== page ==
LISTING

Once you have your inventory, descriptions, photos, my eBay profile, and policies ready to go- it's time to LIST!

Tip #8: Put Some Thought into WHEN (at what time) You Post.

I personally don't ascribe to the theory that Sunday afternoon or Monday morning are the ONLY good times to post; you could just as easily argue that the "market" is so flooded at those times that your coins may not get the attention they deserve.  That said, remember that many buyers are located on the coasts, so an "after-work" 6 PM weekday listing in the Midwest may still be a decidedly "during work hours" listing for buyers on the West Coast! 

Tip #9: Take Advantage of Tools That Will Help You Manage Your Listings. 

Especially as you move towards larger numbers of listings, it will get increasingly difficult to remember when you posted, what sold and what didn't, who you have left feedback for, what has shipped, and (most importantly) whether you are actually at least breaking even!  TurboLister, Selling Manager, and Outright have proved great tools for posting listings, monitoring customer service, and tracking sales respectively.  These free tools can automate feedback and emails, track inventory, and even inform what you might change to become a better seller.  Also, with a note towards tip #2, consider an photo hosting site for your coin photos that can then be embedded into your descriptions- the first photo on eBay is free, but zoom capabilities and additional photos cost more than it may be worth when you're working within a thin profit margin; off-site hosting allows you to put very large pictures within your description (although this may not always be obvious with a quick scan; you can check some of my auctions for examples- I note early that "additional large pictures" are available by scrolling down.)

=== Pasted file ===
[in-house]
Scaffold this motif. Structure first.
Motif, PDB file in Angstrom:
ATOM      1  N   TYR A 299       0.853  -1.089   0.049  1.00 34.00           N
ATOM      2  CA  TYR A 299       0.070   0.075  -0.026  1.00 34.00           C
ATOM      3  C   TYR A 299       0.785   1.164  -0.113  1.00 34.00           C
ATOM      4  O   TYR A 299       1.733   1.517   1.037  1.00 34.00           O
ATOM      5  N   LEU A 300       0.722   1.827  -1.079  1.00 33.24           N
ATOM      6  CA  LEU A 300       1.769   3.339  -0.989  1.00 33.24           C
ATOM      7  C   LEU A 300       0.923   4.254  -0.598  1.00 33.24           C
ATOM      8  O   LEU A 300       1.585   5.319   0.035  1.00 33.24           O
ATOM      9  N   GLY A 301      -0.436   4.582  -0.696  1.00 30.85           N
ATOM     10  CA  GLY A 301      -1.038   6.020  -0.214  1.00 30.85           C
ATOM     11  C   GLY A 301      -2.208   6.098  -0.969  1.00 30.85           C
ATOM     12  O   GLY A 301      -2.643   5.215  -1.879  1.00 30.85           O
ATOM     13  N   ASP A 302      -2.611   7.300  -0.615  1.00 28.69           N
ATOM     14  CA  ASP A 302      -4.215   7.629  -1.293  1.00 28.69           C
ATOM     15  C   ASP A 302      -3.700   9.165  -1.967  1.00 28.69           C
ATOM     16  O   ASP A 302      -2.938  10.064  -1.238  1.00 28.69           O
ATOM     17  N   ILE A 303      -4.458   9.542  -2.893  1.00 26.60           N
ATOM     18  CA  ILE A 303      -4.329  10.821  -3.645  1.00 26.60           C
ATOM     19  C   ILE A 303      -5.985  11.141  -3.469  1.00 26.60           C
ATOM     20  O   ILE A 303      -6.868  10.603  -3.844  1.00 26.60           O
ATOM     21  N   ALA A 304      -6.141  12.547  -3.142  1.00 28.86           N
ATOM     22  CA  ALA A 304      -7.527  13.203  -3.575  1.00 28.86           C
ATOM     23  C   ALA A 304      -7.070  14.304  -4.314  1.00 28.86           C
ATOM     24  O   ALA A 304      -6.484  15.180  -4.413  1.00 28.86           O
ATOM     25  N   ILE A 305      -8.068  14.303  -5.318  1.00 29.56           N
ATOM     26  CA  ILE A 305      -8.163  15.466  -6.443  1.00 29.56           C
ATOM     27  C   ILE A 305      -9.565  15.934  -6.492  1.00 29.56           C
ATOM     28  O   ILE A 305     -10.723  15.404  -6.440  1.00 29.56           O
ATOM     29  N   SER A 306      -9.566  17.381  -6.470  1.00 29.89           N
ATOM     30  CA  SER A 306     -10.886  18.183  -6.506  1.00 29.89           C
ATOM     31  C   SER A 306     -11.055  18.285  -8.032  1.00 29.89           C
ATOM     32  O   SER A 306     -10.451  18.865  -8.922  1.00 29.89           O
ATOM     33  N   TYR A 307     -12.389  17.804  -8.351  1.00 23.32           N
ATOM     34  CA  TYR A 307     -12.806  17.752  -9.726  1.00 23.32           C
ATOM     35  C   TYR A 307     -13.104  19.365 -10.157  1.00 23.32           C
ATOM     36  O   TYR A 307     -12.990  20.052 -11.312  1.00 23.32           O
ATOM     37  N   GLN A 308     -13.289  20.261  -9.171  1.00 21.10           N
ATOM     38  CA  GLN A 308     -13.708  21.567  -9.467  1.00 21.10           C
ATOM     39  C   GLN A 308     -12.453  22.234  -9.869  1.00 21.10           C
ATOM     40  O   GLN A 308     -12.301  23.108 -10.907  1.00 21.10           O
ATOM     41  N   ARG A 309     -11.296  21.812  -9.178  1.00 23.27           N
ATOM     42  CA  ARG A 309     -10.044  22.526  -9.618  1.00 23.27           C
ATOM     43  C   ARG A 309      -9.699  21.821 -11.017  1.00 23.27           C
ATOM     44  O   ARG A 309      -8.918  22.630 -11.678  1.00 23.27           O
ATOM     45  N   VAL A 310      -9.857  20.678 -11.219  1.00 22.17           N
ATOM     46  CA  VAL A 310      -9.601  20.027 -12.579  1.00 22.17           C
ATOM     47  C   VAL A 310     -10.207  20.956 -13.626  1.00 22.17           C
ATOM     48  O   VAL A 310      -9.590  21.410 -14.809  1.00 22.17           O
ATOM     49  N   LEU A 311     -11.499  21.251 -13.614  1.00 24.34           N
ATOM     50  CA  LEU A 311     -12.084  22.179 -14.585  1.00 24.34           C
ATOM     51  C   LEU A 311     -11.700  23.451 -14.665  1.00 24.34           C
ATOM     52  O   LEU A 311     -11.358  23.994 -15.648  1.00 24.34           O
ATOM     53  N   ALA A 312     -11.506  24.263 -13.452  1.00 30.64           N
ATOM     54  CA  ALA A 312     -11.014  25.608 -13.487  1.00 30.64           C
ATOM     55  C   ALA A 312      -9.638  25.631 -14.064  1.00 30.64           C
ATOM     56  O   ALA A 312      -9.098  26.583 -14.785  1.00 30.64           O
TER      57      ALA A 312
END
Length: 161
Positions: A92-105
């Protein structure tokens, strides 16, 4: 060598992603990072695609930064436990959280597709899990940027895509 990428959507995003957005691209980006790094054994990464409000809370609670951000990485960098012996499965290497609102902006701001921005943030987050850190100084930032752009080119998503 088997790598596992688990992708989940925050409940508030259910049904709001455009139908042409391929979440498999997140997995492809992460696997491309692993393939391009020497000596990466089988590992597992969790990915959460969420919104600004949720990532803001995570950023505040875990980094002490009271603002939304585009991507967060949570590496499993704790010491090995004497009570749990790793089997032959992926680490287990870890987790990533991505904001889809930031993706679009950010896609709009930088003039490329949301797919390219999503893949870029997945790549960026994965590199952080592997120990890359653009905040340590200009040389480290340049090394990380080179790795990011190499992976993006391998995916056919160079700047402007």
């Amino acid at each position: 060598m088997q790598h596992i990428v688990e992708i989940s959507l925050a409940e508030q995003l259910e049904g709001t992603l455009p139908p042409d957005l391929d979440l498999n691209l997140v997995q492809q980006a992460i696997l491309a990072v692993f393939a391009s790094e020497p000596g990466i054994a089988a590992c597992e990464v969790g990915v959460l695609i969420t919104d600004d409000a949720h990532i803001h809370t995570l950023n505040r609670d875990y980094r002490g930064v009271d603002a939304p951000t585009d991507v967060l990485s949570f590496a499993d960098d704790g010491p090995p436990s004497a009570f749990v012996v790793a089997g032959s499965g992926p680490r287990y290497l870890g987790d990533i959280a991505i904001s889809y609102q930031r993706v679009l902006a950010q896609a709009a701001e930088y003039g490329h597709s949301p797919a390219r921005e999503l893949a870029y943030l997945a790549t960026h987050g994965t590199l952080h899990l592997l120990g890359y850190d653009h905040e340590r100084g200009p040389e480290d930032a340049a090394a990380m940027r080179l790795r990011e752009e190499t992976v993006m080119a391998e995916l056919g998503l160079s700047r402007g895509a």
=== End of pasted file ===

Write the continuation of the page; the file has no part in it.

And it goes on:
AFTER YOU SELL

Tip #10:  Shipping Matters at LOT.  

This is for several reasons.  I've already noted the importance of shipping charges to feedback; now lets get to the shipping itself.  First and foremost, shipping is how you get what you showed in the ad to the customer, and it needs to get there in the way you showed it!  For me, that means at MINIMUM, a windowed cardboard holder, taped securely to an invoice, with two sheets of paper (to provide a little sturdiness), and shipping with a first class stamp in a business envelope.  I have received coins jingling around in an envelope, and once even a few tapes directly to paper, with the tape actually on the ACTUAL COIN.  This may be acceptable for bullion, but if you purport to sell to collectors then even when dealing with circulated specimens, direct adhesive or friction in mailing is no way to treat a coin!  Windowed holders are also a security backup (see Tip #7- on return policies).  Second, in addition to security of mailing, try to do it FAST;  No one expects a 24 hour turnaround from an individual without a 24 hour staff, but 3 days is reasonable in most folks' books, and I try to do it in less if I can.  Finally, remember that the shipment is likely the last contact/impression you will have on the buyer before they leave feedback (see Final Tip!), so make it a good one; a coin securely and quickly shipped, perhaps with a personal note, even a kind reminder to leave feedback and to please follow-up with questions, can go a long way- I know it does for me as a buyer.